The first time I saw this I was on the cusp of starting my 1.5 years of community college and staying in town while all my friends went off to college, so I think I was too distracted and put off by the parallels between me and Richard Dreyfuss's character to appreciate the movie. Seen now with a little bit of distance I have a much better appreciation for George Lucas' almost Truffaut-like commitment to a tone of feather-light-yet-bittersweet nostalgia, with none of the clunky dialogue that we've come to expect from him. Funny, incredibly well-acted, and featuring a cool through-line in the form of Wolfman Jack's all-night radio show, the whole thing is actually pretty masterful - I've said this before but I think if you were to make an attempt to judge the future of Lucas' career by his first three movies, you'd probably think he was shaping up to be one of the very best.
I remember The Ron talk about how he failed to relate to certain older films regarded as classics. I've tended to go the other way , with only a couple of exceptions but unfortunately this happens to be one of them.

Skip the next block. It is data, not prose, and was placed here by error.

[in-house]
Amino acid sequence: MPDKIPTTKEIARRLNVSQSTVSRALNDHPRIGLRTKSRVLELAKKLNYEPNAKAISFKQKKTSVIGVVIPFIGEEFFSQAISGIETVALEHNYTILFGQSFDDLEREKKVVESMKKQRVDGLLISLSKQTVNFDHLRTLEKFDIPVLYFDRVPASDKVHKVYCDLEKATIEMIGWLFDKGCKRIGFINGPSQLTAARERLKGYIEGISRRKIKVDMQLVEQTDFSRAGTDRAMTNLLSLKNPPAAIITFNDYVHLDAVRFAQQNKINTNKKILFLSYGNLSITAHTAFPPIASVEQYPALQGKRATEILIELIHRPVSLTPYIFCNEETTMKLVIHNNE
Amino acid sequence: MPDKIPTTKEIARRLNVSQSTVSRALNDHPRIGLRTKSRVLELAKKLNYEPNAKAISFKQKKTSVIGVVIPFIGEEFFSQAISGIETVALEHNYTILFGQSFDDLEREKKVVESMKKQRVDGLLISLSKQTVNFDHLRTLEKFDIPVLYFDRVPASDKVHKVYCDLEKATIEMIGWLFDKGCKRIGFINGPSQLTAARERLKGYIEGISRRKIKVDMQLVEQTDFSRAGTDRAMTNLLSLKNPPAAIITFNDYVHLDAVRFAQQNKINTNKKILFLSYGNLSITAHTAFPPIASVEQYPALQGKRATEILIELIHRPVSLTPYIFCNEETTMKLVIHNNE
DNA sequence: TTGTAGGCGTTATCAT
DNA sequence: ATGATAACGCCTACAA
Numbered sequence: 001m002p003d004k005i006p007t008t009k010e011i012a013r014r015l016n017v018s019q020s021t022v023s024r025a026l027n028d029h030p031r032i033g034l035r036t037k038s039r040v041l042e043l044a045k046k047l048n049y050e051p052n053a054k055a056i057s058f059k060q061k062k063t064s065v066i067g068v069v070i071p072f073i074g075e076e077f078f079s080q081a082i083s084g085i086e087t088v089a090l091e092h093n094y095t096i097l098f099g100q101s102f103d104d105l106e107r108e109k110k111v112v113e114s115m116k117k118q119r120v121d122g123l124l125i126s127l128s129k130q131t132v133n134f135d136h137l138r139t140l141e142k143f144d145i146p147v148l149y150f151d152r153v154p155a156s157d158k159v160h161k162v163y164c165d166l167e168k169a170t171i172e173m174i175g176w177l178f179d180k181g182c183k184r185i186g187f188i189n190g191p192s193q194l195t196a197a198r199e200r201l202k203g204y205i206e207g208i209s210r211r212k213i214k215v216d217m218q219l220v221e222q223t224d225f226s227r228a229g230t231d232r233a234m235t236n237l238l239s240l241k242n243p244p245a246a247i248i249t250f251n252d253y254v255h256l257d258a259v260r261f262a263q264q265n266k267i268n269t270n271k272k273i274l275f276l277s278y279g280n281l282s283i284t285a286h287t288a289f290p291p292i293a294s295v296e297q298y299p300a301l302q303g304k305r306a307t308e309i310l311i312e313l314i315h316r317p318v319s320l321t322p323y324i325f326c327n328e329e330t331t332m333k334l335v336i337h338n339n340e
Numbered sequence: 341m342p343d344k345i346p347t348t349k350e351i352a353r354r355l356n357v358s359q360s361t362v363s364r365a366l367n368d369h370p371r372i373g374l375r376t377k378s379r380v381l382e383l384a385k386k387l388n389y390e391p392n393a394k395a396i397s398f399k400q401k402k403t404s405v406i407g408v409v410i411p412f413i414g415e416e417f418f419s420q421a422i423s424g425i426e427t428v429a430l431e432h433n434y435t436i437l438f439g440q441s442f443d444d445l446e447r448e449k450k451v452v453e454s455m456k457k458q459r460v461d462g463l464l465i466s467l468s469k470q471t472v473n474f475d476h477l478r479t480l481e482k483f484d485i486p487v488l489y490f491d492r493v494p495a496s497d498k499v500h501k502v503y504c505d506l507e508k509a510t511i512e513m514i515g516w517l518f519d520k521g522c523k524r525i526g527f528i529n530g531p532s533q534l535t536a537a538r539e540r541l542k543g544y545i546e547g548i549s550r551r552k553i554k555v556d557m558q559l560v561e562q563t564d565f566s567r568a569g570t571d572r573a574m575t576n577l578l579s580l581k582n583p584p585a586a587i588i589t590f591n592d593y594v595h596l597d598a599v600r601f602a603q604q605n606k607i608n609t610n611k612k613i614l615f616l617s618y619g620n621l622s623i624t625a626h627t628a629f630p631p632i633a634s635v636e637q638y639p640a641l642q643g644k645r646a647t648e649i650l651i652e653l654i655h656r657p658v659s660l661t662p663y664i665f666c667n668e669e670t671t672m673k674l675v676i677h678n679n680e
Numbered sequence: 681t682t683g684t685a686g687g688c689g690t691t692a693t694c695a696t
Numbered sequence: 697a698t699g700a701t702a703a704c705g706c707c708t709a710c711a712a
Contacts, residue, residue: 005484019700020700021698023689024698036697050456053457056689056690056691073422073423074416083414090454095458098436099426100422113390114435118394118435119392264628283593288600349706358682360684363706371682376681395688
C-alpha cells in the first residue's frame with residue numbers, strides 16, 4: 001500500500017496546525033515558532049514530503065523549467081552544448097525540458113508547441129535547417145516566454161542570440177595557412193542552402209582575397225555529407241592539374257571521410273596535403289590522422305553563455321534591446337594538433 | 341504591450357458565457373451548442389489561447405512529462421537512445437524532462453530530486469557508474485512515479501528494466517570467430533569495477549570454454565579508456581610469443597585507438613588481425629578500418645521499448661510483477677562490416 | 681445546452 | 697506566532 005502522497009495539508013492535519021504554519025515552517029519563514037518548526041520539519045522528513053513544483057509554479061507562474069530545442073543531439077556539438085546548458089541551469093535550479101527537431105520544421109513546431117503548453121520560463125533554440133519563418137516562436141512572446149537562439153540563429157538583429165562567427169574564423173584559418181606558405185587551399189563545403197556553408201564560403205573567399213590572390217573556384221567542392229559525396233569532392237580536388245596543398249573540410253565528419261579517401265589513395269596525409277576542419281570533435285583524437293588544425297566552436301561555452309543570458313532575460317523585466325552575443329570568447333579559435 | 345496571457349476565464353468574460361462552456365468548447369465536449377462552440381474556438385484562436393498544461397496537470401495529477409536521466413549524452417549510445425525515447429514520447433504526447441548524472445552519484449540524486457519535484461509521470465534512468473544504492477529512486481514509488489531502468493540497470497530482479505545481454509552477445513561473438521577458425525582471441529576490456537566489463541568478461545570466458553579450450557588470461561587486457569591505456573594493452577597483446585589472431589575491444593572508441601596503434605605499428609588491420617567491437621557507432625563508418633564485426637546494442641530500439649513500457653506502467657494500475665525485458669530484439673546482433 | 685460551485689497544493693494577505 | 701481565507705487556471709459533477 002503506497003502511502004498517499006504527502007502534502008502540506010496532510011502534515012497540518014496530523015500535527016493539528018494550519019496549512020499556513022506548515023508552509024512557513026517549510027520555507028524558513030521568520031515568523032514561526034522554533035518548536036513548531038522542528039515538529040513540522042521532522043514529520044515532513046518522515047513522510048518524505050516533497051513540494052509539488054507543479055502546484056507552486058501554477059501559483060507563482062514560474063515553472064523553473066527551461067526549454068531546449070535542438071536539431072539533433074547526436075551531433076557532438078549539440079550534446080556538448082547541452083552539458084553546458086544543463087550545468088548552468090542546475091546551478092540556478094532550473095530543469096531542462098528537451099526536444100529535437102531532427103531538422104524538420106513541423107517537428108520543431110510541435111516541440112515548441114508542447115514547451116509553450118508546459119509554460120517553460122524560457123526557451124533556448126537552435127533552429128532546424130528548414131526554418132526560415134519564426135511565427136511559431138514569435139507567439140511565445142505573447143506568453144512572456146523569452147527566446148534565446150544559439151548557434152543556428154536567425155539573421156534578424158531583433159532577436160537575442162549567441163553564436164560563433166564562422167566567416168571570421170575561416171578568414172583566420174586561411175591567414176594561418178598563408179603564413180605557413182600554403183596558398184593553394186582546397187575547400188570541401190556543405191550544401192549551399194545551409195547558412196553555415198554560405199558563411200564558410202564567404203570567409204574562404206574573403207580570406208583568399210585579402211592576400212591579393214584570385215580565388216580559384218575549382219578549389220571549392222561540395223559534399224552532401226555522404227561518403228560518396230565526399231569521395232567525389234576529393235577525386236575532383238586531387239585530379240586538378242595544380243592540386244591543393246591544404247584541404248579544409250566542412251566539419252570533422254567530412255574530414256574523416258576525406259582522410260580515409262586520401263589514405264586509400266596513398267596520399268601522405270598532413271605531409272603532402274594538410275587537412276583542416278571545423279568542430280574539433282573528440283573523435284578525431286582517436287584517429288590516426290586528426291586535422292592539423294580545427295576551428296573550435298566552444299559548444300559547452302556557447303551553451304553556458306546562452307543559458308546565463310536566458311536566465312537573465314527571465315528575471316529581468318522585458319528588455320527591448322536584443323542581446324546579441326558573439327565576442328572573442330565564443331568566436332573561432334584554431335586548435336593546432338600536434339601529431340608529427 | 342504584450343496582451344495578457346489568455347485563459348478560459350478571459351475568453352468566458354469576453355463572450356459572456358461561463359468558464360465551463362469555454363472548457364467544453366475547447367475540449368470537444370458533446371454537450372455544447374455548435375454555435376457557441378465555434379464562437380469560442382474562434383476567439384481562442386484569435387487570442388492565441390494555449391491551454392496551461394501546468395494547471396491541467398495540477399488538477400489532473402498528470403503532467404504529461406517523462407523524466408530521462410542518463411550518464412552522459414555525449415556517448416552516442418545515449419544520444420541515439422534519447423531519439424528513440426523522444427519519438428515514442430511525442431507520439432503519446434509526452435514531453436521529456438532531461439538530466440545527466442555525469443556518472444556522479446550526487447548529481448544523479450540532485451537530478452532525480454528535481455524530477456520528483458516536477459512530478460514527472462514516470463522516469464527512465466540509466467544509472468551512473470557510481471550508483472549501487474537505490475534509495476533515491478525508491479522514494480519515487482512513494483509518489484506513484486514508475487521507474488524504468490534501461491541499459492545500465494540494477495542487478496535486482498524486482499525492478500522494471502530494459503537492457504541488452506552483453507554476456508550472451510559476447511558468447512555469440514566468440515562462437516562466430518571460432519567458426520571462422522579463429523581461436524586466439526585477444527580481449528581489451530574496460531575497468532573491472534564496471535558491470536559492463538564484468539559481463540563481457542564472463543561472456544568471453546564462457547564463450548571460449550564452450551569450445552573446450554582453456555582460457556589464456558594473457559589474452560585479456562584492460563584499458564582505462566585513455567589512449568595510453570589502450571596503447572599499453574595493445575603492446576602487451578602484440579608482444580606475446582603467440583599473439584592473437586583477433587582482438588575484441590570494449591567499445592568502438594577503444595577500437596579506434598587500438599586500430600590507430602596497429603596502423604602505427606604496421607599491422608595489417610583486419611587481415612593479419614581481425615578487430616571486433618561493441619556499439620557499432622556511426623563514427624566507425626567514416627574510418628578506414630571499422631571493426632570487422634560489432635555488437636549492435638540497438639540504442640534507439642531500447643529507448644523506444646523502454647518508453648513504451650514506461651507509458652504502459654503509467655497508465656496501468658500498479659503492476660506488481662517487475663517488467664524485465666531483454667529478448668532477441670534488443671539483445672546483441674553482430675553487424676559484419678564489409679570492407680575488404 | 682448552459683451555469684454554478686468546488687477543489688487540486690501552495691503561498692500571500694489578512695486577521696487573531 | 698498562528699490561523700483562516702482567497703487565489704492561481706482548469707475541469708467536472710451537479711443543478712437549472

George Lucas's coming of age drama has a stunning reputation as both a cultural phenomenon and a box office sensation. This look at the lives of a group of teenagers in a small Californian town during one night in 1962 is a bit of a tough sell for me. It has a terrific young cast of future greats, a decent soundtrack, and enough emotional turmoil and drama to keep you interested. So why didn't it draw me in? I…
Damn! I knew that this was going to be good, I just didn't think it was going to be this good. A brilliant movie by George Lucas. In the first 20 minutes, this movie reminded me of Dazed and Confused, a movie that I really need to rewatch. But after the first 20 minutes, this becomes a better movie than Dazed and Confused.